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NOTE: In many cases, the minimum visibility required for the approach will not allow you to see the runway
environment until you are beyond the VDP. This accentuates the need to compute a VDP and determine a point
along the approach when you will no longer attempt to continue for a landing. A common error is to establish a
high descent rate once the runway environment is in sight. This can go unnoticed during an approach without
visual glidepath guidance and may lead to a short and/or hard landing. Caution should be used to avoid accepting
a long touchdown and landing roll.
Alignment. Be aware the final approach course on a non-radar final may vary from the runway
heading as much as 30 (except localizer) and still be published as a straight-in approach.
Stepdown Fix. A stepdown fix between the FAF and the MAP is sometimes used. You may not
descend below the stepdown fix altitude unless you can identify the stepdown fix (you must be capable
of simultaneous reception of final approach course guidance and the stepdown fix).
Localizer Back Course.
In order to fly a back course localizer approach, set the published front course in the course selector
window. The term "front course" refers to the inbound course depicted on the ILS/localizer approach
for the opposite runway. On the back course approach plate, the published front course is depicted in
the feather as an outbound localizer course.
Reverse Sensing Explained. The localizer back course is exactly what it sounds like the extension of
the localizer in the opposite direction. The approach utilizes the same localizer antenna and frequency
as the ILS/localizer front course. Because the localizer antenna gives no bearing information, the CDI
displays only directional deflection from centerline, regardless of course selected in the course select
window. For this reason, if you twist in the final approach course when flying a LOC BC, the CDI
will appear to be commanding you the wrong direction. For example, if it appears to be showing your
aircraft left of centerline, commanding a right turn to correct, it is really showing you left of the front
course, meaning you are right of the back course. This is called reverse sensing and is avoided by
twisting in the front course as stated above.
Sensitivity. Because a localizer antenna is usually located beyond the departure end of the runway, it
is therefore prior to the approach end of the BC runway. The close proximity to the antenna when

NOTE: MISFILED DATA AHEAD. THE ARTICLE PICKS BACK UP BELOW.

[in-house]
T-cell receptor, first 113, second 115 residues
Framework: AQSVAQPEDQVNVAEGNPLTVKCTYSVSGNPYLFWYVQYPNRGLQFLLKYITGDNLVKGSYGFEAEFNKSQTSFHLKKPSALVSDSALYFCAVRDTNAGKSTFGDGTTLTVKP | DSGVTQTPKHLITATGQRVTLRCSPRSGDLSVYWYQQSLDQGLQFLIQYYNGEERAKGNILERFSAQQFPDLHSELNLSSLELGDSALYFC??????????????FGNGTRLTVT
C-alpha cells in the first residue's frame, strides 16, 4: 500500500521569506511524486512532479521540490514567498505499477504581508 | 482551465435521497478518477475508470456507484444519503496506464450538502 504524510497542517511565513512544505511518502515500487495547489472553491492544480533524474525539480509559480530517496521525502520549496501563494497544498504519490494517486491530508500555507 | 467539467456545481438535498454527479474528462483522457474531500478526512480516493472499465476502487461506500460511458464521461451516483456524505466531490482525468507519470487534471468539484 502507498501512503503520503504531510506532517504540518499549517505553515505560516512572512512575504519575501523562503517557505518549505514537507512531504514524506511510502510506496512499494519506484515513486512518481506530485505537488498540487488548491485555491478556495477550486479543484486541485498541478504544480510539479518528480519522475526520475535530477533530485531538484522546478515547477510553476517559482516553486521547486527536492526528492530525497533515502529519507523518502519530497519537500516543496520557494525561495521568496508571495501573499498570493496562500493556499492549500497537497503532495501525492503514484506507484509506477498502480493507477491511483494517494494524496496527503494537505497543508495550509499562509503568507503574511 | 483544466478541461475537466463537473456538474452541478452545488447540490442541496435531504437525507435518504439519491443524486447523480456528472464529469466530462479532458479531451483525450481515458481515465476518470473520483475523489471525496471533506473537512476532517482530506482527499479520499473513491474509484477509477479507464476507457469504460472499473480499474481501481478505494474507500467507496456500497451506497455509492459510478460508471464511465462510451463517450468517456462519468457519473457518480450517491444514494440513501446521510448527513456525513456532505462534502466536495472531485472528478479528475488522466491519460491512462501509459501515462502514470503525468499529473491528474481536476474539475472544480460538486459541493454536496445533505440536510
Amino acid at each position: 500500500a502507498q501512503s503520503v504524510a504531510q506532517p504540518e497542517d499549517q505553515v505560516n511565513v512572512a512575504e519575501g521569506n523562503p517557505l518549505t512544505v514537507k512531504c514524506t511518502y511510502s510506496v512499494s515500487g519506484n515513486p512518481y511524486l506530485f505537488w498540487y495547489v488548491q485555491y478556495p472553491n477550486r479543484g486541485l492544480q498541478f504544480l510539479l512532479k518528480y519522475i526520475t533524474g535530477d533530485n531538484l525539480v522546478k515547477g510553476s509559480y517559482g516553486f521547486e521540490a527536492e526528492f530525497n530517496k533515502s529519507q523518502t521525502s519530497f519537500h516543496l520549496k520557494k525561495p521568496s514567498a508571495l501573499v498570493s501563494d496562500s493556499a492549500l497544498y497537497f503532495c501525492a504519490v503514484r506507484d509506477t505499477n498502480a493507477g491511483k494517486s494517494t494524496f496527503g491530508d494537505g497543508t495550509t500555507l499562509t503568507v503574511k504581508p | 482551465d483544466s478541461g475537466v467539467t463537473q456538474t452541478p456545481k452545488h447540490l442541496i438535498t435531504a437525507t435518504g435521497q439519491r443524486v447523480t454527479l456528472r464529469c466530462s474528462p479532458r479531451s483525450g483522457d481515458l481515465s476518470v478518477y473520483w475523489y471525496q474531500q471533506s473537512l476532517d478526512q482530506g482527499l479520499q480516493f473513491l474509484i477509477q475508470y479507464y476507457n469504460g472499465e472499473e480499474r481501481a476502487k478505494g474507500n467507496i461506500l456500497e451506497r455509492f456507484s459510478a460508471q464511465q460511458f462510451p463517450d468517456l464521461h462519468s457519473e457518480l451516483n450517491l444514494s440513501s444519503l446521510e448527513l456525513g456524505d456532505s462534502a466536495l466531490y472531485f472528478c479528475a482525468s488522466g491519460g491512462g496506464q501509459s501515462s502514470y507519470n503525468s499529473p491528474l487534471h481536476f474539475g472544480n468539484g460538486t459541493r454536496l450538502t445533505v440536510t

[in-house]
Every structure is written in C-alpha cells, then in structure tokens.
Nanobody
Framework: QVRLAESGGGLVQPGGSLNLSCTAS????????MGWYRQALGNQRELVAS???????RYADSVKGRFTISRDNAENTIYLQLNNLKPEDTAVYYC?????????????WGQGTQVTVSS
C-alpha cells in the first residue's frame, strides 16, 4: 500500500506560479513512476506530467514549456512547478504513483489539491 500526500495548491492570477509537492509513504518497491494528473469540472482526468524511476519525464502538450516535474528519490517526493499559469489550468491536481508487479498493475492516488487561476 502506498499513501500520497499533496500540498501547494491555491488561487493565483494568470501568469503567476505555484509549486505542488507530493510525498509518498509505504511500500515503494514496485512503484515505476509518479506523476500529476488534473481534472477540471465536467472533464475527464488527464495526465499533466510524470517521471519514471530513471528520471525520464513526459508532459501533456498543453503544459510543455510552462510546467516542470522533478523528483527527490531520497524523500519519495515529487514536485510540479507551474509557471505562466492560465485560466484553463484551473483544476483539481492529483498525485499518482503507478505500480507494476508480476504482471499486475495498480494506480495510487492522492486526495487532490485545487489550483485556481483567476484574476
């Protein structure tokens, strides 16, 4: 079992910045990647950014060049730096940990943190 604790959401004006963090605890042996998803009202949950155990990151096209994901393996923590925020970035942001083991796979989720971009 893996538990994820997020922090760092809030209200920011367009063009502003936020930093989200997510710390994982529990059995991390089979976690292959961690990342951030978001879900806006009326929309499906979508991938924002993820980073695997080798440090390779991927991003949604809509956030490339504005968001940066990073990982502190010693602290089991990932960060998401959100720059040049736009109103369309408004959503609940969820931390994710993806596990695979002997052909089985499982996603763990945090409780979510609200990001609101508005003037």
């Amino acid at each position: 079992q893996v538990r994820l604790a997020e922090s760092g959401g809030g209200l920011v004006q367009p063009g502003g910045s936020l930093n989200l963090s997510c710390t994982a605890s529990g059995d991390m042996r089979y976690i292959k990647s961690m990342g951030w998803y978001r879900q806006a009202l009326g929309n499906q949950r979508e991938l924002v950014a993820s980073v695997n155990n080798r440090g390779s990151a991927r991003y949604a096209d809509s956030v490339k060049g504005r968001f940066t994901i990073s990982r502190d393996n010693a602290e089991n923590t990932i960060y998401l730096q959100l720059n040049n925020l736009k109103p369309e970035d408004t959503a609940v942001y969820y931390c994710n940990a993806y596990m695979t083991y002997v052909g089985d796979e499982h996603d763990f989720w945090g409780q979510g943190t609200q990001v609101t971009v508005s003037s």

flying the LOC BC makes the CDI much more sensitive than when flying a normal localizer approach.
False Glideslope. False glideslope signals may exist in the area of a LOC BC that may cause the G/S
warning flag to disappear. Disregard all G/S indications when executing a BC approach unless a G/S
is specified on the IAP.
E. No Heading Approaches.
It is unlikely a dual compass system failure will occur in the T-44 without losing navigational
equipment also. Assuming you're IMC, the best course of action in such scenarios is to utilize radar
service if available and request no-gyro vectors to a no-gyro PAR or ASR. Nevertheless, practice no-
heading approaches are an essential element in complete instrument training and will increase not only
your instrument proficiency but also your situational awareness. The following paragraphs offer
guidance for no-heading scenarios you will see in the RI curriculum. First, troubleshoot the heading
failure and transfer the controls to the co-pilot if the system failure affects only one RMI/HSI. Remain
VMC and land as soon as practical if weather is not a problem and this is an option. Secure the electric
heater, air conditioner, windshield heat, and windshield wipers ("Big Four"); all of which influence the
wet compass. Ensure your co-pilot is familiar with the magnetic compass and ask for heading calls,
using the heading bug as a reminder of your present heading. These initial procedures are common to
all no-heading approaches. If radar service is unavailable, the aircraft must be positioned on final
using the following pilot-nav procedures.
NOTE: The IP will call heading to the nearest 5 mark when requested. Only cardinal headings will be called out
in turns when requested.
NDB No Heading Approach. The NDB no-heading (NH) approach may be the least complicated type
of no-heading approach, but it requires a thorough knowledge and understanding of the following
concepts and procedures to maintain situational awareness.

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